With an introduction by Anne Enright
Shortlisted for the Guardian First Book award, a story of civil war and a family's unbreakable bond.
How you see a country depends on whether you are driving through it, or live in it. How you see a country depends on whether or not you can leave it, if you have to.
As the daughter of white settlers in war-torn 1970s Rhodesia, Alexandra Fuller remembers a time when a schoolgirl was as likely to carry a shotgun as a satchel. This is her story - of a civil war, of a quixotic battle with nature and loss, and of a family's unbreakable bond with the continent that came to define, scar and heal them.
Shortlisted for the Guardian First Book Award in 2002, Alexandra Fuller's classic memoir of an African childhood is suffused with laughter and warmth even amid disaster. Unsentimental and unflinching, but always enchanting, Don't Let's Go to the Dogs Tonight is the story of an extraordinary family in an extraordinary time.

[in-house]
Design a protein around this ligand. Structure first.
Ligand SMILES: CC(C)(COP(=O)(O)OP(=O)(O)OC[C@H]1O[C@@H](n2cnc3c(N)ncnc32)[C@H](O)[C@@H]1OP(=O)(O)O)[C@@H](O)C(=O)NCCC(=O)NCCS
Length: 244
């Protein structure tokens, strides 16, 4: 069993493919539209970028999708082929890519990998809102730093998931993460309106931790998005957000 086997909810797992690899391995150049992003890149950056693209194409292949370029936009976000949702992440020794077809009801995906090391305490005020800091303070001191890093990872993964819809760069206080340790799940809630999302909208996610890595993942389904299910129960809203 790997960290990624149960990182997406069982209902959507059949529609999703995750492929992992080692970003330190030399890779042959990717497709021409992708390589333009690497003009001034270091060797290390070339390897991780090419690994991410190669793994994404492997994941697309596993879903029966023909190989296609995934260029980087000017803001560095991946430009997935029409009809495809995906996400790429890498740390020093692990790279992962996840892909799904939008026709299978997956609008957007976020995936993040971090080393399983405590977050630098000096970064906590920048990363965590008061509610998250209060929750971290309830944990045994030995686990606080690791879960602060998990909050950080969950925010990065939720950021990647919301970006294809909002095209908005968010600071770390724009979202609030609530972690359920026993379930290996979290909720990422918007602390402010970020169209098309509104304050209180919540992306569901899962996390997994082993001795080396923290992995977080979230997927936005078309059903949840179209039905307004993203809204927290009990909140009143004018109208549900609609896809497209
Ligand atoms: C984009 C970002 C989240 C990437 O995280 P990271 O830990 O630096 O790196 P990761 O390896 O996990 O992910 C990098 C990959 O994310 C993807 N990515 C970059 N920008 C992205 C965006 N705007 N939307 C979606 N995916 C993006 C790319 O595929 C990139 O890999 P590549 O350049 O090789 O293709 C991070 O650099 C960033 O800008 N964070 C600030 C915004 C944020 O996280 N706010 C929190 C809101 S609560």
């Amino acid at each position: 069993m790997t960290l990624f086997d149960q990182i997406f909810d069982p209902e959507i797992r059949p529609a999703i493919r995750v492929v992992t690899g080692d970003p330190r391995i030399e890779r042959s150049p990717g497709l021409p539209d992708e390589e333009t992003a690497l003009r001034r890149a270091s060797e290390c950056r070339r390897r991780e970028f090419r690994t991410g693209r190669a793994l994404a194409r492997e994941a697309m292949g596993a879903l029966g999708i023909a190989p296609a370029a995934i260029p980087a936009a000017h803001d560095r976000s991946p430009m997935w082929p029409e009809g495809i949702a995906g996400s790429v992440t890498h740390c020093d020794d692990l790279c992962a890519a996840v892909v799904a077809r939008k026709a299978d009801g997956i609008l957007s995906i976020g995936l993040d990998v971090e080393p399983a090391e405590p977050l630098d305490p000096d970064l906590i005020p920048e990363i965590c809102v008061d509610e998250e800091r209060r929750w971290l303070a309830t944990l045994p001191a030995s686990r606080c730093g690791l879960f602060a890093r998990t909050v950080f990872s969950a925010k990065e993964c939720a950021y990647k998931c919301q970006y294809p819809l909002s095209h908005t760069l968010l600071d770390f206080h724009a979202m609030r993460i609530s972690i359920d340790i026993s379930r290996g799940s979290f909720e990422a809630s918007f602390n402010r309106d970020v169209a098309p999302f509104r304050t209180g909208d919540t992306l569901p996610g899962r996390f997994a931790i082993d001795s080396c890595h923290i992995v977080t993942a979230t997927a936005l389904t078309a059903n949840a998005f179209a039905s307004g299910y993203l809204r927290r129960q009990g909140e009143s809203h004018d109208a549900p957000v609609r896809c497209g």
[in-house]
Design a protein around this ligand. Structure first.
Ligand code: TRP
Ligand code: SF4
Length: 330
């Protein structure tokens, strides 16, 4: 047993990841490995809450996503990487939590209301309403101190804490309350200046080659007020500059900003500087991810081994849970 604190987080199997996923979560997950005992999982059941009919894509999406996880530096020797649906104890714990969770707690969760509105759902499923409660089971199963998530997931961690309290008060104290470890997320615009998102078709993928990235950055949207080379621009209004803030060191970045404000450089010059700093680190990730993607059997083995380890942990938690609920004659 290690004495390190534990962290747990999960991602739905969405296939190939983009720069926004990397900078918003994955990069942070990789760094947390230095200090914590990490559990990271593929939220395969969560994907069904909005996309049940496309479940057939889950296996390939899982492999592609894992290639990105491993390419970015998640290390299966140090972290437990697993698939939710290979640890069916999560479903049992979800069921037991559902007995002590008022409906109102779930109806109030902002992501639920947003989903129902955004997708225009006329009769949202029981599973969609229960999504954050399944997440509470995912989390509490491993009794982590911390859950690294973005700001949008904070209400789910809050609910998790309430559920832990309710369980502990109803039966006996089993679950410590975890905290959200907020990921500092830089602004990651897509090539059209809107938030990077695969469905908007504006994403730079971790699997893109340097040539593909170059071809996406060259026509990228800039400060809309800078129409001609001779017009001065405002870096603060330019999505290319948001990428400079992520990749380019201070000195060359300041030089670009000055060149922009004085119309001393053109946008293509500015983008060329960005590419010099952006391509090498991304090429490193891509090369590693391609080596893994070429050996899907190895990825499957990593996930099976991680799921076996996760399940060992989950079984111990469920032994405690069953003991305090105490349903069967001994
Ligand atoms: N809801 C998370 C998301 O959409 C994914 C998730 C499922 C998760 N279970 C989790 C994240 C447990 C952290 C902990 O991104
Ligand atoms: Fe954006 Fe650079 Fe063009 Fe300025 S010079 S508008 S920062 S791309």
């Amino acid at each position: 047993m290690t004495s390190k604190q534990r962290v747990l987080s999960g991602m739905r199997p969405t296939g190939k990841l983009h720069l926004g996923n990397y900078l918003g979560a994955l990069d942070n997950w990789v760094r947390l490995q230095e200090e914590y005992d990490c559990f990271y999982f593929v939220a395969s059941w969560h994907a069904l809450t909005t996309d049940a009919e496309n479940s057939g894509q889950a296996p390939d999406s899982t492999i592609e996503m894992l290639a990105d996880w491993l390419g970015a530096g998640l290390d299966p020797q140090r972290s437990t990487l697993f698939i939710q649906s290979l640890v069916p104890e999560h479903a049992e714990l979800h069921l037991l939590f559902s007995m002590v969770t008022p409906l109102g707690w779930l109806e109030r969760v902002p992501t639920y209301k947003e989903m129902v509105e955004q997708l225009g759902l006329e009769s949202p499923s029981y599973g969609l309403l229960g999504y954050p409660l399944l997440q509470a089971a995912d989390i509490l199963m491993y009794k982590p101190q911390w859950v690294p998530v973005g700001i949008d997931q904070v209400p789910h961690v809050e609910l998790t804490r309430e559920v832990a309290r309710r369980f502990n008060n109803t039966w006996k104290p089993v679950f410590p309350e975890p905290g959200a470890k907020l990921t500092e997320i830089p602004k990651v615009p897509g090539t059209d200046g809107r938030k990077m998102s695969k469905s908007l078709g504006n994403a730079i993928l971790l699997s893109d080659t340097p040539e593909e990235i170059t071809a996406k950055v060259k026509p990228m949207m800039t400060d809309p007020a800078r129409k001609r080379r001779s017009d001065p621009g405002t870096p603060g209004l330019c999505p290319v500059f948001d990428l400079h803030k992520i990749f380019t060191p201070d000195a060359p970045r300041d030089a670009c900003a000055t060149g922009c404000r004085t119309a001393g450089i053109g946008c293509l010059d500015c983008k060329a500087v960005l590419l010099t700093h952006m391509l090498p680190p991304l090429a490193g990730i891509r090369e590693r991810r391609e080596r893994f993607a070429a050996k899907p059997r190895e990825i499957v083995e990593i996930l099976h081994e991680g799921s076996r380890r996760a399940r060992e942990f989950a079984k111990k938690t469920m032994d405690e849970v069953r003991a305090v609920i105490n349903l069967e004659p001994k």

Alexandra Fuller was born in England in 1969. She moved to Rhodesia (now Zimbabwe) with her family when she was two. After that country's war of independence (1980) her family moved first to Malawi and then Zambia. She came to the United States in 1994. Her book Don't Let's Go to the Dogs Tonight won the Winifred Holtby Memorial Prize in 2002 and a finalist for the Guardian First Book Award. Scribbling the Cat won the Lettre Ulysses Award for the Art of Reportage in 2006.